The DevOps trend has really started to take shape in the last few years. It’s a movement of IT leaders who want to see things change for the better—to provide amazing software to their clients consistently and with confidence. The global DevOps market size was valued at $ 6.78 billion in 2020 and is projected to reach $57.90 billion by 2030, registering a CAGR of 24.2% from 2021 to 2030.
As compared to conventional methods, enterprise DevOps brings development and operations together, enhancing the efficiency, timeliness, and safety of software development and execution. A more agile SDLC (software development lifecycle) gives enterprises a competitive advantage.
Agile software development, IT service management frameworks, project management guidelines such as Lean and Six Sigma, and other methodologies can all coexist with DevOps. All the teams can respond to customer feedback and requests in a better manner, and maximize productivity by adopting the DevOps development process and using DevOps principles and technologies.
Moving further, let’s understand DevOps in detail and why it is a good investment for businesses in today’s technology-driven world.
What is DevOps?
Patrick Debois, one of the IT industry’s gurus, created the term “DevOps” in 2009. DevOps is a word that combines the terms “development” and “operations” to denote a collaborative or shared approach to a company’s software development and IT operations teams’ activities. A DevOps deployment methodology stems from an Agile approach to software development. It builds on the cross-functional approach to building and deploying applications in a shorter and more iterative manner.
In simple terms, DevOps is a software engineering approach that tries to connect the work of software development and software operations teams by fostering a culture of collaboration and shared accountability.
DevOps is a combination of concepts, techniques, and tools that assist an organization to create better products faster by allowing the development and operations groups to work together more effectively.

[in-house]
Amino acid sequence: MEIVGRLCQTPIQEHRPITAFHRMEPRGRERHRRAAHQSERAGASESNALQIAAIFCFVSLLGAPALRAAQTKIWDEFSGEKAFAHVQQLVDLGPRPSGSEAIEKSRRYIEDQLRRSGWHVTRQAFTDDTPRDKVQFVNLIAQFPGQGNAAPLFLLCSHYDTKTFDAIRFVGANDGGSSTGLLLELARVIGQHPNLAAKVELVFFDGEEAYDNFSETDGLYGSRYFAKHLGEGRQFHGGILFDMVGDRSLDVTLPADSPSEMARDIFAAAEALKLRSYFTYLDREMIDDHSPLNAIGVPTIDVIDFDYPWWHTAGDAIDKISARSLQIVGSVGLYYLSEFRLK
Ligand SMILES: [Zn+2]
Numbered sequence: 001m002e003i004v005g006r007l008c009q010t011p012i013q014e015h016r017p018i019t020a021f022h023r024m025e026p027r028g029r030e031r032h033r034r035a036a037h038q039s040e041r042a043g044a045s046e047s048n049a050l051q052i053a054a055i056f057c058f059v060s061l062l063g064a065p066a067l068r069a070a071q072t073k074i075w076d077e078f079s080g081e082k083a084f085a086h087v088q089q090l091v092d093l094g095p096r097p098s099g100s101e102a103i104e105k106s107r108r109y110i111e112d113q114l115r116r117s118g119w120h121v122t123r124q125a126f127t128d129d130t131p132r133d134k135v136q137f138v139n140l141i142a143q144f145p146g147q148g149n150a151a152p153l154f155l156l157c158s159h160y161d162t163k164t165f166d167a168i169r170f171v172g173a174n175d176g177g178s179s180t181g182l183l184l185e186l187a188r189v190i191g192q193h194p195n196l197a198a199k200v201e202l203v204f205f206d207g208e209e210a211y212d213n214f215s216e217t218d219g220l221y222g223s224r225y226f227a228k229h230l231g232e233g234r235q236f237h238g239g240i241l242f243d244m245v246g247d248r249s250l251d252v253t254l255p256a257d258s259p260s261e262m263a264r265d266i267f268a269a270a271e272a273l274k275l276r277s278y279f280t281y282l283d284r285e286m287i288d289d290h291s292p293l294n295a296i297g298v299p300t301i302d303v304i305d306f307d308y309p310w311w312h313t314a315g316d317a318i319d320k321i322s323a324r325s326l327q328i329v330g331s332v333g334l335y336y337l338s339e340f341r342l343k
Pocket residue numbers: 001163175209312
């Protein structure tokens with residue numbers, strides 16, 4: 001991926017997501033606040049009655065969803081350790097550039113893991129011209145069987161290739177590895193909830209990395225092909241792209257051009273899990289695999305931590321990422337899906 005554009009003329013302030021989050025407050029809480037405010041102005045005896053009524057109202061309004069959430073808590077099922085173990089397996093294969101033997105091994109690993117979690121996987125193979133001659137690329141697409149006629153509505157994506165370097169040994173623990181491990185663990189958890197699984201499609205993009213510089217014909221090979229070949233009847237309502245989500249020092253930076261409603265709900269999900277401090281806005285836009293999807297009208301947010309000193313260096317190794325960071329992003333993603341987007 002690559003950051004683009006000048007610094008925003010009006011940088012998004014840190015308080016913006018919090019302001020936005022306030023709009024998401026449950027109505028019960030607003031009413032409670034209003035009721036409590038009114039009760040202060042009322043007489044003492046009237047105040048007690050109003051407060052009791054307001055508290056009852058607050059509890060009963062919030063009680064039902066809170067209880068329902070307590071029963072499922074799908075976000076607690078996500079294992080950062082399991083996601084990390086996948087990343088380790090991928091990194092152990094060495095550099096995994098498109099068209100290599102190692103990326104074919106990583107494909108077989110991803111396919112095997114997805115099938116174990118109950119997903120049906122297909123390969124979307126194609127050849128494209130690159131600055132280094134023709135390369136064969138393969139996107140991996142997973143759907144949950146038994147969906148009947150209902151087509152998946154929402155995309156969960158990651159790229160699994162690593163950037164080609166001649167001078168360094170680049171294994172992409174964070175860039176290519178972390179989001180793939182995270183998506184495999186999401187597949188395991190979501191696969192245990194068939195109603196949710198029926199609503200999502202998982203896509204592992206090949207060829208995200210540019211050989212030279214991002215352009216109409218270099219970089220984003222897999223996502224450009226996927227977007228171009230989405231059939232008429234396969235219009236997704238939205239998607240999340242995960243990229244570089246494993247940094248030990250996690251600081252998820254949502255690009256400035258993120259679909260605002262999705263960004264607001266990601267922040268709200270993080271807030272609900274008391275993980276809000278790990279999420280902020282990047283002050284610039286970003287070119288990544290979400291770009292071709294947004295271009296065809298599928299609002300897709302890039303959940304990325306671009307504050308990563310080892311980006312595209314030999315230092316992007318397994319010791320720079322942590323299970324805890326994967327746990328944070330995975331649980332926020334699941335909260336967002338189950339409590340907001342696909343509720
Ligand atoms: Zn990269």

Evolution of DevOps
In 2007, Patrick Debois, a project manager with the Belgian government, was assisting with data center transfers. The barrier between the developers and the operations team made the entire process exceedingly difficult for him by making the delivery considerably slower.
Debois was a firm believer in the agile methodology, which encourages continuous testing throughout the development lifecycle, allowing developers to deliver better products more quickly. Similar concepts, he argued, should apply to development and operations departments operating in tandem.
The following are the two key precursors of DevOps:
- Enterprise systems management (ESM)
Many of the folks that helped define DevOps, in the beginning, were system administrators. System monitoring, configuration management, automated provisioning, and the toolchain approach were all brought to DevOps by these operation specialists.
- Agile development
DevOps can be regarded as an offshoot of agile software development that prescribes strong collaboration of consumers, product management, developers, and (occasionally) QA to fill in the gaps and quickly iterate towards a better product.
DevOps also recognizes that delivery of services and how the application and systems communicate are critical components of the client’s value proposition and that those concerns must be addressed as a top-level item by the product team. From this perspective, DevOps is essentially stretching Agile methodology beyond the confines of code to the fully-delivered service.
How does DevOps Work?
In older contexts, development and operations usually work in different teams within a company. The development team would write the code, while the operations team would put it in place and manage the IT infrastructure.